TSA Security Officers Discover Explosive Residue At The Checkpoint Press Office Transportation Security Administration
August 17, 2006 Media Inquiries Only - (571) 227-2829 All Other Inquiries - (866) 289-9673
HUNTINGTON, W. VA. - Two Transportation Security Administration (TSA) security officers discovered explosive residues on two containers of liquid in a carry-on bag brought by a passenger at the Huntington Tri-State Airport (HTS). At 9:15 a.m. this morning Transportation Security Officer (TSO) Joshua Messinger and TSO Clifford Barker discovered the residues while screening bottles filled with liquid substances. Last week, TSA banned liquids and gels on commercial aircraft.
�From the smallest regional airport to the largest hub, our security officers, using their training and technology, are the key to ensuring we protect the flying public,� said TSA�s Assistant Secretary Kip Hawley. �I applaud officers Messinger and Barker not only for their technical expertise but for the professionalism they displayed in managing this situation. They exemplify the skill and talent of our excellent workforce nationwide.�
The officers noticed the prohibited liquids inside a traveler�s carry-on bag during screening at the checkpoint. The bag was opened and the contents tested with an Explosives Trace Detector. The item tested positive for explosives and a retest confirmed the results. At that point, local law enforcement was notified and an explosives detection canine team arrived to provide further confirmation of the presence of explosive material.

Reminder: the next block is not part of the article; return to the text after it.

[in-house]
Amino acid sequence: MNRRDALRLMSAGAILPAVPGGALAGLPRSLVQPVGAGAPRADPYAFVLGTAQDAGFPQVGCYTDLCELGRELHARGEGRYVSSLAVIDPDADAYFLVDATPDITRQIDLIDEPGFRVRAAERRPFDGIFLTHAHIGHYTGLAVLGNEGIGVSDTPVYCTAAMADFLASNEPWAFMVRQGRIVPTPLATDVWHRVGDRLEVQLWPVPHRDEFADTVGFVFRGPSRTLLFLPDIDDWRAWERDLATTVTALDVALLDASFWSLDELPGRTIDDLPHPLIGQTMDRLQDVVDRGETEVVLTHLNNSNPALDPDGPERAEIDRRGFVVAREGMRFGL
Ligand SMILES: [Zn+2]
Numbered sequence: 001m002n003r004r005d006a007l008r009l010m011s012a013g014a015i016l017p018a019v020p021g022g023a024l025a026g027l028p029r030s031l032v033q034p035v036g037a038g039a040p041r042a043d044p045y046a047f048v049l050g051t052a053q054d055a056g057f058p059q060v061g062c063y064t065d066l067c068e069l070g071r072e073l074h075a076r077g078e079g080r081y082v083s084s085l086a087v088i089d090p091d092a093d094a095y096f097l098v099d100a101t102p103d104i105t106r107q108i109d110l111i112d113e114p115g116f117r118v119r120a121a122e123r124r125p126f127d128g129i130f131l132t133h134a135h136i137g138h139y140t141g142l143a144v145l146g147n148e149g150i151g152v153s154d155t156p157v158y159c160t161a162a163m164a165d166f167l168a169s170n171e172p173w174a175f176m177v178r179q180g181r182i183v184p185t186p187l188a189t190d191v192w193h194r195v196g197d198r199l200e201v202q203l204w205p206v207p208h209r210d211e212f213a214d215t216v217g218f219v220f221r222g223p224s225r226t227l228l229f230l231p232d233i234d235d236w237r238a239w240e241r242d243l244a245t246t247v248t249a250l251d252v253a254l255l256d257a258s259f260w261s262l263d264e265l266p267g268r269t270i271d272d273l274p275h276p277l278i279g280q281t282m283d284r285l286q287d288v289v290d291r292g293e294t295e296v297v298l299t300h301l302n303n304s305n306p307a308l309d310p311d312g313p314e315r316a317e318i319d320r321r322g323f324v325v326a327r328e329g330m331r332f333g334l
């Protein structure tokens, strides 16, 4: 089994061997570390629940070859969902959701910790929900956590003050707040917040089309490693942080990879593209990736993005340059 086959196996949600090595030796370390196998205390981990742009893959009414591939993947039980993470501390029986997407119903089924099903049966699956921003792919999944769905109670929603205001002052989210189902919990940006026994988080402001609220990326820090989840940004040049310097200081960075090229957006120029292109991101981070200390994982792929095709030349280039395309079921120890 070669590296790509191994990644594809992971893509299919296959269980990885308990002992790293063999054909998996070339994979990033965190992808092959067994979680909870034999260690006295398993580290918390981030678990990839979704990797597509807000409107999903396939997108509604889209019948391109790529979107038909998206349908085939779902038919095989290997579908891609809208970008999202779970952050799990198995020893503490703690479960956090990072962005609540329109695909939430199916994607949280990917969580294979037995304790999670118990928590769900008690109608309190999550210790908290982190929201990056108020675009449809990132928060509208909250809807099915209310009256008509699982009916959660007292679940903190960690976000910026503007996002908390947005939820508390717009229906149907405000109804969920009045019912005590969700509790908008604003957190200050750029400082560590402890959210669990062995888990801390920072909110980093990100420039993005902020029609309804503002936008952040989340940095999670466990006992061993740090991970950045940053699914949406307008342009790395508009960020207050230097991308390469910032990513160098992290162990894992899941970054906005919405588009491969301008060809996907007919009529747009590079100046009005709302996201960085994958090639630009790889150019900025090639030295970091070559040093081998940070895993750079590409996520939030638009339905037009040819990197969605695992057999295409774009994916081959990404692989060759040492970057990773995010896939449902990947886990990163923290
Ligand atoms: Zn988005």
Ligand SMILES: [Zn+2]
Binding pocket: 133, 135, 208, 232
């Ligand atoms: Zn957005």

At 11:25 a.m., to ensure the safety of the traveling public, West Virginia State Police, the Tri-State Airport Authority and TSA agreed to evacuate the terminal. This afternoon the terminal was reopened and Officers Messinger and Barker were back on the job ensuring all passengers departing from HTS reach their destination safely.
More than 31,000 security officers at the TSA have received specialized training to detect the presence of IED's or explosives in baggage. In today's threat environment, TSOs are a viable layer of security to defend against the threat of terrorism.
The matter is now in the hands of law enforcement. For more on TSA�s training, technology and security programs read about our Explosive Detection Training.
I could be wrong, but there's something about that news story that smacks of mischief. How come, for instance, that we're told nothing of the woman who's alleged to have been in possession of that "explosive" water-bottle? Was she arrested? Has she been charged for terrorism? For such a big story, we've had very little coverage by the news networks.
I thought the same thing at first. There was no mention of the woman. I think all of us are sick of the ridiculous shut downs out airports. If someone would figure out how much money has been lost due to shut downs like this one, I would venture to bet that the money that could have been saved would have been far more than the cost of some decent machines. Personally, I hope they are ASEI machines, however, as a traveler I hope they equip our airports and trains with something that will mitigate the possibilies of a bomb or ridiculous delays over nothing. Backscatter and millimeter wave are the only highly effective technologies to see any organic matter on one's body.